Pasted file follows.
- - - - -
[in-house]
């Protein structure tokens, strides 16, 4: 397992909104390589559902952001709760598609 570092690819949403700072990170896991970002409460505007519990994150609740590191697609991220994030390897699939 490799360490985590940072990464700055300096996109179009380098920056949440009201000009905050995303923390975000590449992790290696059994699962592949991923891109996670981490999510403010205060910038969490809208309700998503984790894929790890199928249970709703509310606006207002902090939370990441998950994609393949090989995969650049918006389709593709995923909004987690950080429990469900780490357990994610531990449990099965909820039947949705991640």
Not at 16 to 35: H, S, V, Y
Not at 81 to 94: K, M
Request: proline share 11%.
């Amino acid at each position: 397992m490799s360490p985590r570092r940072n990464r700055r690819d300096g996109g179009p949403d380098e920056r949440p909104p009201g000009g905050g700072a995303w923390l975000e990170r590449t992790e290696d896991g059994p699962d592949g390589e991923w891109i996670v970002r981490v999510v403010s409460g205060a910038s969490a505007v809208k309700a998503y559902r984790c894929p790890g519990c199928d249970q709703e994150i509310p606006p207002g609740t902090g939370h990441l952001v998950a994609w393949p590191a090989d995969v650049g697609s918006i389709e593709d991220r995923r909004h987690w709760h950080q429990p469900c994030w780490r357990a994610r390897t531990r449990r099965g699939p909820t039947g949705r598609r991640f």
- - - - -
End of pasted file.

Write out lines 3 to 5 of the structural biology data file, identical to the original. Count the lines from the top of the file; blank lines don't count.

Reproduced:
Not at 16 to 35: H, S, V, Y
Not at 81 to 94: K, M
Request: proline share 11%.